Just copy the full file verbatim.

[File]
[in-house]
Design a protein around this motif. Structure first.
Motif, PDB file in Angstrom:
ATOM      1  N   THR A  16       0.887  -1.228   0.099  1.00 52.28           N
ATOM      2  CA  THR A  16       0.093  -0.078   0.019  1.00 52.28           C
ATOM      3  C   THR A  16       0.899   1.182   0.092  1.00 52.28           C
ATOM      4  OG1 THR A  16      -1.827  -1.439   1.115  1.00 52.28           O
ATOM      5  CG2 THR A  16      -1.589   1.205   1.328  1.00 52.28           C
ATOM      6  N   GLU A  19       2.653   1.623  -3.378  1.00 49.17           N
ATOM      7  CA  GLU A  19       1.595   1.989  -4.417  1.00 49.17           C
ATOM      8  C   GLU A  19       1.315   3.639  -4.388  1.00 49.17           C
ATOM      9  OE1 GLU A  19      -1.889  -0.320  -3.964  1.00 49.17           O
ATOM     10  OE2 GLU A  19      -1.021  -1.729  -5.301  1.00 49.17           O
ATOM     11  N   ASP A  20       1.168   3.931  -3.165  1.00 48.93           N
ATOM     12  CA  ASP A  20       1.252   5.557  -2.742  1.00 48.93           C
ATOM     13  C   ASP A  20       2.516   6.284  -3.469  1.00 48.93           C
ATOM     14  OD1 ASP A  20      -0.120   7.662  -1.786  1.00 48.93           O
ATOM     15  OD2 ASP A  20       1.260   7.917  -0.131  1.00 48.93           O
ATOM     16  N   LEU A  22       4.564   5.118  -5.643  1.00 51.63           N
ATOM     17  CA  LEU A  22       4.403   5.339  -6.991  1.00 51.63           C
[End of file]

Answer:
[in-house]
Design a protein around this motif. Structure first.
Motif, PDB file in Angstrom:
ATOM      1  N   THR A  16       0.887  -1.228   0.099  1.00 52.28           N
ATOM      2  CA  THR A  16       0.093  -0.078   0.019  1.00 52.28           C
ATOM      3  C   THR A  16       0.899   1.182   0.092  1.00 52.28           C
ATOM      4  OG1 THR A  16      -1.827  -1.439   1.115  1.00 52.28           O
ATOM      5  CG2 THR A  16      -1.589   1.205   1.328  1.00 52.28           C
ATOM      6  N   GLU A  19       2.653   1.623  -3.378  1.00 49.17           N
ATOM      7  CA  GLU A  19       1.595   1.989  -4.417  1.00 49.17           C
ATOM      8  C   GLU A  19       1.315   3.639  -4.388  1.00 49.17           C
ATOM      9  OE1 GLU A  19      -1.889  -0.320  -3.964  1.00 49.17           O
ATOM     10  OE2 GLU A  19      -1.021  -1.729  -5.301  1.00 49.17           O
ATOM     11  N   ASP A  20       1.168   3.931  -3.165  1.00 48.93           N
ATOM     12  CA  ASP A  20       1.252   5.557  -2.742  1.00 48.93           C
ATOM     13  C   ASP A  20       2.516   6.284  -3.469  1.00 48.93           C
ATOM     14  OD1 ASP A  20      -0.120   7.662  -1.786  1.00 48.93           O
ATOM     15  OD2 ASP A  20       1.260   7.917  -0.131  1.00 48.93           O
ATOM     16  N   LEU A  22       4.564   5.118  -5.643  1.00 51.63           N
ATOM     17  CA  LEU A  22       4.403   5.339  -6.991  1.00 51.63           C